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Title: Lies, Damn Lies, and Police Procedurals
Character: Sherlock Holmes, John Watson
Rating: PG
Length: 1,000 words
Spoilers/Warnings: None
Disclaimer: These characters belong to the BBC, Moffat, and possibly ACD.
Thanks to: My beta, panther_kitten
Summary: In which John Watson issues a challenge, and Sherlock accepts.

It’s a quiet evening in 221B. John insists that ‘a curry and some bad telly’ is the only remedy for the week we've had; an exhilarating game of pursuit and evasion with arms smugglers through the maze of wharves, docks, and terminals that make up the Port of London, regularly interrupted by John's dull insistence on reporting each day for a shift at the surgery.

John had lobbied for an action film tonight, but I vetoed it.

I settle down in my chair with an article about some controversial forensic serology findings in an Australian serial rapist case. The television captures my attention with a rather amusing reconstruction of a blunt force head trauma.

“What’s this?” I ask John.

“Some American police procedural,” he answers. John glances over at me. “Wonder how long it’ll take you to figure out who done it?”

I set the journal down and pull my feet up onto the chair, focusing on the television in acceptance of my blogger’s challenge.

‘She’s been dead six to eight hours,’ says the pathologist crouching beside the body. I automatically sniff the air for confirmation, but the hint of sickly-sweet decay is from the foot in the kitchen sink. There will be no olfactory clues on this case.

“Show me her hands,” I murmur. The camera pans quickly past the body to focus on the detective as he makes a joke. The corpse’s skin coloration is all wrong for that recent a death. I find myself leaning to the side, as if that might give me another glimpse of the body, just off-screen. There – the victim’s bare right arm, just as they zip the body bag closed. It was covered in goosebumps. What could … ah. I slump back into my chair, disgusted. It wasn’t even a proper corpse, just a woman in stage make-up.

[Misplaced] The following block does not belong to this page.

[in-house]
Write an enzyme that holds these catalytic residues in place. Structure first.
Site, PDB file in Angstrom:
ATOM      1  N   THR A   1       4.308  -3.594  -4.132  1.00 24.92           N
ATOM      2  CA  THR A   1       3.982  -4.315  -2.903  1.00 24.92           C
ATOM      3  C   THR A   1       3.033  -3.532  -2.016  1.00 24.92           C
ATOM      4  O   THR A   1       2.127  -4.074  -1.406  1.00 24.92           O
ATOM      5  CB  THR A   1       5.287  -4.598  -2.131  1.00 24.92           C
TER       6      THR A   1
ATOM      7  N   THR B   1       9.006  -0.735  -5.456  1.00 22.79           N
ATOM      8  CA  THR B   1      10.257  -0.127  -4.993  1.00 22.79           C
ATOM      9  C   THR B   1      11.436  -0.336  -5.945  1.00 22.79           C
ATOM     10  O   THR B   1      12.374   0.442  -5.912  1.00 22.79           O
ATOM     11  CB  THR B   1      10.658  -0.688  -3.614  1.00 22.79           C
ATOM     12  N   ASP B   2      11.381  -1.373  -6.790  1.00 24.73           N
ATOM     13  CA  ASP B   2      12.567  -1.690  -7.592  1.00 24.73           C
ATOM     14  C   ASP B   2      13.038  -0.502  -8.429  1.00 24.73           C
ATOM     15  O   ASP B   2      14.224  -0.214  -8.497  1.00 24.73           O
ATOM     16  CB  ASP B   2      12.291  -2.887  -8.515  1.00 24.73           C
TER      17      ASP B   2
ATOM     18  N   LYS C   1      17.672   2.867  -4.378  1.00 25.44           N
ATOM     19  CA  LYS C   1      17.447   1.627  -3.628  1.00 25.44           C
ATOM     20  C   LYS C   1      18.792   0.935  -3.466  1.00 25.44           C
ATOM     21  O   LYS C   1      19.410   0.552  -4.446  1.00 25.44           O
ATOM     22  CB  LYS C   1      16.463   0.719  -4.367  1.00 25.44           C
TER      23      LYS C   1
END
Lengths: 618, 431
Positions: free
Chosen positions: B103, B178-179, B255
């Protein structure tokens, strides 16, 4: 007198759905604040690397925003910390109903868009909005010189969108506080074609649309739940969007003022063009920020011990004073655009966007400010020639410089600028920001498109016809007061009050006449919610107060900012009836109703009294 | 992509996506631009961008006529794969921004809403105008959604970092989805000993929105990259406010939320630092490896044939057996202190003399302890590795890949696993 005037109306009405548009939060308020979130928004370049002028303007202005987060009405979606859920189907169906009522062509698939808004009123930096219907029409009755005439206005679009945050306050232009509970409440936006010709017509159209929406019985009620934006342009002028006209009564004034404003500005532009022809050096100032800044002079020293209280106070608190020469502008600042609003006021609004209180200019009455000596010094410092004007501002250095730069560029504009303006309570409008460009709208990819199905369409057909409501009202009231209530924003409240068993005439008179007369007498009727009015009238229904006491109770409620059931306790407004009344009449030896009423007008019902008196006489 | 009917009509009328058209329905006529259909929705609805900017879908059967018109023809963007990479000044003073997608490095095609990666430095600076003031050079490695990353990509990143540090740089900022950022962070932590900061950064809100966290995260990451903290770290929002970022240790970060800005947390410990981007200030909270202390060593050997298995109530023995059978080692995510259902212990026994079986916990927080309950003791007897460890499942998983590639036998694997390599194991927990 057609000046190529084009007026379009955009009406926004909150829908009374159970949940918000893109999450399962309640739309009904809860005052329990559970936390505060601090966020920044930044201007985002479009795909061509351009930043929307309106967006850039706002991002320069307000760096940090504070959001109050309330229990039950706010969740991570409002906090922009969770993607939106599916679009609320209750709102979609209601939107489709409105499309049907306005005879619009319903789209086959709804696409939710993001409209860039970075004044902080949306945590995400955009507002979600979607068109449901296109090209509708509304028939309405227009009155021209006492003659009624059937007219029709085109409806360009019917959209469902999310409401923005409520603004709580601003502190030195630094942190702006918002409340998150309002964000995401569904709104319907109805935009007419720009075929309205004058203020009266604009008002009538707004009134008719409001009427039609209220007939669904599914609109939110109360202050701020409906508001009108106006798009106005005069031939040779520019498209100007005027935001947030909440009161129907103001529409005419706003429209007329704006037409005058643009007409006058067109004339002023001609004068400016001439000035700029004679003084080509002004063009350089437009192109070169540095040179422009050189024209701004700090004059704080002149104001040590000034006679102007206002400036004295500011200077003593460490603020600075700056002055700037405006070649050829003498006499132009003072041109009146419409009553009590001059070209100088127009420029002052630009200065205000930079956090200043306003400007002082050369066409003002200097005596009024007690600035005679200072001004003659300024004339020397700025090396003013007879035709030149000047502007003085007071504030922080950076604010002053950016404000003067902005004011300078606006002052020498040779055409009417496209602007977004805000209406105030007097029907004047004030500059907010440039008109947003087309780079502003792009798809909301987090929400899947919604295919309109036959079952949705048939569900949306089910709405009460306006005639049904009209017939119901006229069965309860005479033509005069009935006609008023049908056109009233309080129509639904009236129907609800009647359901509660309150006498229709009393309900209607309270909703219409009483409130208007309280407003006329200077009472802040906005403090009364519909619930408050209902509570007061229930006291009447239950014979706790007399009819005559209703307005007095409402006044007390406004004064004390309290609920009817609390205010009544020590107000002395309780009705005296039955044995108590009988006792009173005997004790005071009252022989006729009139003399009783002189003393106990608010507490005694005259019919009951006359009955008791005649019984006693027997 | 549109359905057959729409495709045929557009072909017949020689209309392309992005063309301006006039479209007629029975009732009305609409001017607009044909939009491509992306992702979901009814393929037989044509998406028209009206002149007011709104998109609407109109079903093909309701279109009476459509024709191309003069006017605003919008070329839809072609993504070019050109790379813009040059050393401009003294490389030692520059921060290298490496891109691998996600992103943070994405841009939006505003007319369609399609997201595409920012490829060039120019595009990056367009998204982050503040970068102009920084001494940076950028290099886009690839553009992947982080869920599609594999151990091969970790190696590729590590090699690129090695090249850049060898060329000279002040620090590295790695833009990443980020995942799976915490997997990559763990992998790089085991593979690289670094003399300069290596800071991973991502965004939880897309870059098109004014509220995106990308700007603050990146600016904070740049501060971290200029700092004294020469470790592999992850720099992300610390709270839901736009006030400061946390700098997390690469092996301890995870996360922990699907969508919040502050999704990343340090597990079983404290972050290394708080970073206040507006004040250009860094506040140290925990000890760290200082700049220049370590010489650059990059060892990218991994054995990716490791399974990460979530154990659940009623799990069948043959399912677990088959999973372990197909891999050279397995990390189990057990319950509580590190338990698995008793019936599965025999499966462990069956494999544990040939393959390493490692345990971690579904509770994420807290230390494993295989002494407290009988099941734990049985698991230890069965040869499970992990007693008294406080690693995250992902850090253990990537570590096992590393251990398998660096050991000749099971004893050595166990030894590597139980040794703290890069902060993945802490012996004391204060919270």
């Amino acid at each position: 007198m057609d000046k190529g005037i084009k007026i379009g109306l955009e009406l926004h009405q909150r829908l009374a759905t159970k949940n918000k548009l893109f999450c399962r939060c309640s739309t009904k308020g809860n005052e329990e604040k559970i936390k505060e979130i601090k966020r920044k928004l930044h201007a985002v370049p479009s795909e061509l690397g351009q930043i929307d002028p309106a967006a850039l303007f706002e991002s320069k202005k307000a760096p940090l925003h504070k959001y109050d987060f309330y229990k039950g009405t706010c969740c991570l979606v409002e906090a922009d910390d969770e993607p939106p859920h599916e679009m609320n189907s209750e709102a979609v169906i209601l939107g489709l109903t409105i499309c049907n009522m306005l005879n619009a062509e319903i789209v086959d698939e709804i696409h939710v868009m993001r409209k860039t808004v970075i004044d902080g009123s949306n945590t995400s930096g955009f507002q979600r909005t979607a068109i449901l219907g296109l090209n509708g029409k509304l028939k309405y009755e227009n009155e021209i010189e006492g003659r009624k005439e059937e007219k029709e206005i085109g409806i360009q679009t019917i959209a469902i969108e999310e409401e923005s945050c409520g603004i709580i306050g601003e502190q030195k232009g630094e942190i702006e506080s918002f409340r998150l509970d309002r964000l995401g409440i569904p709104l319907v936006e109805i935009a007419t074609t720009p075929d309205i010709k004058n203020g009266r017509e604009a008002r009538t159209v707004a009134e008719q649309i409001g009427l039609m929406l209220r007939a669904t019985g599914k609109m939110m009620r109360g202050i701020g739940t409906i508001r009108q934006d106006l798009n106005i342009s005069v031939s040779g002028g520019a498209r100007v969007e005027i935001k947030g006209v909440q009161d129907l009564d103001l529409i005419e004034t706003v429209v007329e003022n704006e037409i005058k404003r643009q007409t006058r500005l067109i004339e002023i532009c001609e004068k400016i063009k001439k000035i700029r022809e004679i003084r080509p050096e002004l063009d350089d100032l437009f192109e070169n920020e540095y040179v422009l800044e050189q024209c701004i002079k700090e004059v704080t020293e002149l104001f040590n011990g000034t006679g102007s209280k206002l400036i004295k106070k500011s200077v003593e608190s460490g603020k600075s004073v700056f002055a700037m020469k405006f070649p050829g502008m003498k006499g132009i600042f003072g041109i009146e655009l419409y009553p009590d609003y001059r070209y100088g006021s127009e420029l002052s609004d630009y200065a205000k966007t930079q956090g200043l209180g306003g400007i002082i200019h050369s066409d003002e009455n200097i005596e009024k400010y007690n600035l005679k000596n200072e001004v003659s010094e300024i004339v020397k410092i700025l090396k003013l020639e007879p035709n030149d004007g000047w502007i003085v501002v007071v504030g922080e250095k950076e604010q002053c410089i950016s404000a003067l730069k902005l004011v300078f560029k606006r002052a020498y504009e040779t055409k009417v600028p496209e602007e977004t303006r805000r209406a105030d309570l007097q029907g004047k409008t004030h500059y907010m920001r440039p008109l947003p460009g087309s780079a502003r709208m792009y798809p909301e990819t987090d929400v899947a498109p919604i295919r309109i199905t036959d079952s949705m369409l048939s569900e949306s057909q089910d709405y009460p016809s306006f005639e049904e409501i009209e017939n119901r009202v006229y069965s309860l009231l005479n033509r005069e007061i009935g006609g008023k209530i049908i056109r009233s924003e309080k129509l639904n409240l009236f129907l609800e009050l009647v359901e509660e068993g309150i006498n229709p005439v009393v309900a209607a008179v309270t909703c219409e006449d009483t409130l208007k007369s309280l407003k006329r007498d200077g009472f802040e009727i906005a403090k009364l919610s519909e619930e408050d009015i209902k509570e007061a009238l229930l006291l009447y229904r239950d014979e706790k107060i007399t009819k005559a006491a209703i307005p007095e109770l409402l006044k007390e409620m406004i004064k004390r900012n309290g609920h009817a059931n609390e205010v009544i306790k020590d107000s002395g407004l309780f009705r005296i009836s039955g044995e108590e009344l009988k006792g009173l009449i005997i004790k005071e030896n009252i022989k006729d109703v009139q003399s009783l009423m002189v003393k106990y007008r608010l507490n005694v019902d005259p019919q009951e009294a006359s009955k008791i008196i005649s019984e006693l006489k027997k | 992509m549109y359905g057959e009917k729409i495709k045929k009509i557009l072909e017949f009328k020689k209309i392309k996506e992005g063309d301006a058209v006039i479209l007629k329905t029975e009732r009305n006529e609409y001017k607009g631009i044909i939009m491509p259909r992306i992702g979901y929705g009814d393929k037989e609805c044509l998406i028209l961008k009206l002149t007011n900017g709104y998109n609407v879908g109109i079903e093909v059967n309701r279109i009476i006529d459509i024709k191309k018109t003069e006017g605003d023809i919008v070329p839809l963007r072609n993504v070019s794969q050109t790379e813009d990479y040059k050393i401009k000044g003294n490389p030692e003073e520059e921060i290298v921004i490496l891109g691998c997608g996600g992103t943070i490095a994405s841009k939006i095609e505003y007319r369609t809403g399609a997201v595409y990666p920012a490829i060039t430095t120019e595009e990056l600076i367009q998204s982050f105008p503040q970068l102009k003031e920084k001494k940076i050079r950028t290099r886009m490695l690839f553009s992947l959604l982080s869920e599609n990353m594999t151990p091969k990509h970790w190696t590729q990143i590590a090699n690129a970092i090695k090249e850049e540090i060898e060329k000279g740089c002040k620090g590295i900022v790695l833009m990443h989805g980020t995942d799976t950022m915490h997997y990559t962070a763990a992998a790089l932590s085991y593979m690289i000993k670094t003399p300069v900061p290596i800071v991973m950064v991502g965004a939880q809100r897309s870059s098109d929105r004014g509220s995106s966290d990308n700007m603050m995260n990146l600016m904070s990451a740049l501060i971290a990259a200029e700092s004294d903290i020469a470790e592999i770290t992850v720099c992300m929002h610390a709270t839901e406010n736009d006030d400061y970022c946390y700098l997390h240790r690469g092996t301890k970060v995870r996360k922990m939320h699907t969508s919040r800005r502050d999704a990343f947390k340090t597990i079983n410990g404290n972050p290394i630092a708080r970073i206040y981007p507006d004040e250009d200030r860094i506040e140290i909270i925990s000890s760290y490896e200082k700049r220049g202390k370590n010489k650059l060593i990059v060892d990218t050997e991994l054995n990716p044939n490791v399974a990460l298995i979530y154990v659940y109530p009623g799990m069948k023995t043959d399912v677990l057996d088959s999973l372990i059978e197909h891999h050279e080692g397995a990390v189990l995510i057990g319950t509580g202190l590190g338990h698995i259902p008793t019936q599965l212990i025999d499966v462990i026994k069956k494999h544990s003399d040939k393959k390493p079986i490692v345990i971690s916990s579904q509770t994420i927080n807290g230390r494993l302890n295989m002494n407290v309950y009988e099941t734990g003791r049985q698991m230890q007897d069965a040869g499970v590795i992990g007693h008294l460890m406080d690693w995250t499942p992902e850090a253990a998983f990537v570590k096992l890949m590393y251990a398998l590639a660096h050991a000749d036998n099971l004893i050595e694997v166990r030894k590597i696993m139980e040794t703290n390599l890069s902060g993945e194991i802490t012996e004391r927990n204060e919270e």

The uniformed officers bring a witness to the scene. Meant to be homeless, judging by the dirty Army jacket, wild hair and ragged beard. However, given the man’s tanning bed addiction and perfect teeth, he’s never spent a night sleeping rough in his life. He claims to have seen a red car drive away shortly after midnight.

A lab now; the police chatting away with a man in a lab coat. They’re discussing the blood found under the victim’s fingernails, waiting on the results of a DNA test. Highly unlikely that they'll find a match in the database. From what I saw of the wound, the attack was personal, not professional, and even the Met knows enough to round up any known associates with a violent criminal history. A blood sugar test, now that would be useful, at least to rule out any other diabetics in her family.

What are those test tubes of brightly colored liquids he’s using to analyze the blood? Indicators? Staining solutions? The blue one isn’t Coomassie. It looks like an aqueous solution of cobalt chloride, but of what possible use would that be in a forensics lab? Is the man writing his reports in invisible ink? Preposterous.

A police interview room, astonishingly bright, clean, and airy. The police are questioning the victim’s sister. They’re asking about her red car, reported stolen last night. They should be asking about the woman’s meth habit. She’s in the early stages of addiction, but the signs are clear. I suppose that’s the actress. Mrs. Hudson is always going on about Hollywood celebrities. I’ve deleted the details, but apparently they spend all their time off in rehab, making sex tapes.

The cuff of the suspect’s blouse pulls back for a moment, revealing a pale circle of skin, hinting at a missing watch. Why? Was it broken? Stolen? Or did she remove it intentionally, when called into the police station? Perhaps it was a gift from a secret lover? Was there a watch on the victim’s wrist? “Ask her about the watch, you imbeciles!”

The camera focuses in on the sister’s face; a single tear travels down her cheek, and a piece of music begins.

Mendelssohn’s Violin Concerto in E minor, Op. 64. New Scotland Yard’s never bothered piping in music during interrogations. I should suggest it. I’m not familiar with this particular performance of the piece, but it’s lovely. Shame about the soloist’s incipient arthritis. Iona Brown, perhaps? The music cuts off abruptly; I wince.